Though the picture of marriage that Most illustrated is a pretty one, one I definitely feel being a person who doesn't have much family herself either, I don't think people should be so quick to bash or toss a woman just because she considers a hyphen. I've had this argument with men early on just to see how open their minds are…the conversation that follows usually serves to be quite the heated/interesting one.

    I liked that earlier idea of both parties choosing a new name entirely, actually.

    1. Thank you TeaCup,

      All your subsequent points were things I thought about as well after signing off. I lurk a bunch, and have a sense of people's e-personalities, character traits, based on their words! And I remember silently disagreeing with many commenters on specific subjects, that are not traditional at all.

      And just as you said, this extends to everything you listed, and more. I used one example of open marriage, but trust, there's been more.

      Just as you said, it's not a big surprise that most men would prefer his woman to take his last name, b/c that's how's it has always been. However, when/if his woman presents an alternative that means alot to her, and his response is vile, dismissive, and uncompromising, I imagine that when other issues such as: is mother-in-law gon' live with us, private or public school for the kids, i'm Catholic and ur Jehovah's Witness…which religion are we going to raise our kids, are we moving to Atlanta or Maryland, and a myriad of other issues that come up…I imagine that such dismissive, my way or the highway attitude, will extend to those areas as well.

      Therefore, if my mate responded that way, it would be the beginning of the end, b/c tis a major red flag.

      If he responded this way however:

      "I have always assumed my wife would be taking my last name. I have never even considered that she would desire to hyphenate. Quite frankly, i'm surprised you're bringing this up, but the fact that you are means that it is important to you. I would love to know why you desire to hyphenate." That response alone shows so much understanding, that my compromising state would have no limits!!

  66. Come on ya tradition gets upgraded/altered/shifted/evolved and regardless of how you all want to put it, today the tradition of changing the last name is still alive and well … Just because you have a percentage of women being dissenters doesn't mean times have changed. Traditionalists generally start with their generation as they were growing up not what was going down in the 17 or 1800s, so chill with the social stigmas and mores that were established back then … they have no bearing in today's society.

    There are things in place that will change our children's tradition and their children's tradition. There are more women in college than men, Women can't cook ( ,-_-) … Women want everything just because they're women … Women are becoming more cynical … Divorce rates are increasing … Women are getting closer to equaling men in the workplace … Black people are unilaterally getting lighter … Interracial dating is increasing exponentially … Gay rights are becoming more prominent … With all that being said, times are changing, but hopefully the significance of the Man's role in the family dynamic doesn't get flushed down the toilet inside of a marriage.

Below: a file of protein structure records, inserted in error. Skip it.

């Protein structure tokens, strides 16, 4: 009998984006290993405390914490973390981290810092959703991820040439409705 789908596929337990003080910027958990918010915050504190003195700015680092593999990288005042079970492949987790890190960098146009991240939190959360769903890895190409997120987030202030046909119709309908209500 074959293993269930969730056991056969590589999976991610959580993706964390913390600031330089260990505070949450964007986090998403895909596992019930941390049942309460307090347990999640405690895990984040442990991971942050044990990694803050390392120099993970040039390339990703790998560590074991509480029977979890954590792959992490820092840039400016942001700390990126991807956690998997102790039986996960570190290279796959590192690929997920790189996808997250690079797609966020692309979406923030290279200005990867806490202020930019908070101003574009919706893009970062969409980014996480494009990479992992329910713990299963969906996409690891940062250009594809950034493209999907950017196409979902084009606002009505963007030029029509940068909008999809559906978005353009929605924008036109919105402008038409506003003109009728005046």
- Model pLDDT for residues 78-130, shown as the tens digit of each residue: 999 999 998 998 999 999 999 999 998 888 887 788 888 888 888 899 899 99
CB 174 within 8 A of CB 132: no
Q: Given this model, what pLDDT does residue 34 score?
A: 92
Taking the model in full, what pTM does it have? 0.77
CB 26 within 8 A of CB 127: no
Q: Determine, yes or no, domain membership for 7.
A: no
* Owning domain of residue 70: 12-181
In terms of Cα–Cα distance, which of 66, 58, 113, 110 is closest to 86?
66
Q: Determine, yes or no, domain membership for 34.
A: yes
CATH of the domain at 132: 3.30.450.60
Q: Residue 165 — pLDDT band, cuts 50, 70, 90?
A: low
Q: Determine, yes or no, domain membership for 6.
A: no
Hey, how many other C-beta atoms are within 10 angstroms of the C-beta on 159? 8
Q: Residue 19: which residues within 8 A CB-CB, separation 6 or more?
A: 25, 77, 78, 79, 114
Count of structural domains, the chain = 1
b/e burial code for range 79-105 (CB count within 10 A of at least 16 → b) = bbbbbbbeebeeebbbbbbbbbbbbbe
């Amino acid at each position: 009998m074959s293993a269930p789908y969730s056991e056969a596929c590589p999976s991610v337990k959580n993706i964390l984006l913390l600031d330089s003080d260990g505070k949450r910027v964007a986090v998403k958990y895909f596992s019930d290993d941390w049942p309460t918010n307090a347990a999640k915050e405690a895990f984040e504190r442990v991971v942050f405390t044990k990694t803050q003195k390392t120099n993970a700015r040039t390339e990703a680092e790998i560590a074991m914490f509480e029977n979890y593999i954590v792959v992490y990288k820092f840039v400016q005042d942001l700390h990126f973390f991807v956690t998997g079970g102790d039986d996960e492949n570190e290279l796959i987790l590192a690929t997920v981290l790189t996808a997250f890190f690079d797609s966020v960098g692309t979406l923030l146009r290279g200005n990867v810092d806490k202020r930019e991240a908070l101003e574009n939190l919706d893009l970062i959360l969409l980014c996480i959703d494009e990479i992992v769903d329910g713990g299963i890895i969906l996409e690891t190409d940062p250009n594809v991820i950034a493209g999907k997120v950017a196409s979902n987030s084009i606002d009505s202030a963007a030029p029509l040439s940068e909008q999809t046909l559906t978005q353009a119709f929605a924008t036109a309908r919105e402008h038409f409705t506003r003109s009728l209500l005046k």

I'll end with this. Even though some of you fellas don't care either way about certain things, you must understand that yielding things to women that have been established by men for men (traditionally) only gives women more power and control, hence why we have so many dissenting women in certain areas that was once never a conversation. Don't get me wrong, i understand that certain things needed to be changed in order for a woman to advance and be great (i.e. Voting rights, more equal pay, employment rights, etc.), but right now i'm not talkin about that.

    It's like the man that's been in a 4 year relationship with his girl and never pressured her into giving head. They break up, she moves on thinking/assuming that orally stimulating her man is not apart of the deal and therefore she's lacking in skills and prolly walks around with the "That is beneath me" attitude. Even if it doesn't matter to you, You are a Man and you must uphold all things manly. You're effing it up for the rest of us. #ManLaw

    1. You are such a contradiction that I don't know what to say to you. I feel for your future Mrs.

      In one breath you say tradition gets altered, and in the other breath, you say that taking the man's last name is not an altered tradition, even though there are percentages of women who hyphenate. Isn't that the definition of an altered tradition?

      And then you have to audacity to tell me or whoever, to chill with social stigmas (i imagine them being sex b/f marriage, shacking up, open marriage) that were established back then b/c they have no bearing on today's society. Unlike, hyphenation, which ABSOLUTELY is responsible for the outcome of today's society, however, right? WOW! I'd like to give u a chance to ponder ur words.

      You're telling me that hyphenation has more bearing than sex before marriage??

      Then you go on to say that women must yield to things that has been established for men, by men…hmm…I wonder if all the women who cosigned ur earlier comments b/c they planned on taking their hubbies last names anyway, would cosign u now. Ur true colors are showing, proving my exact point (which I had you in mind):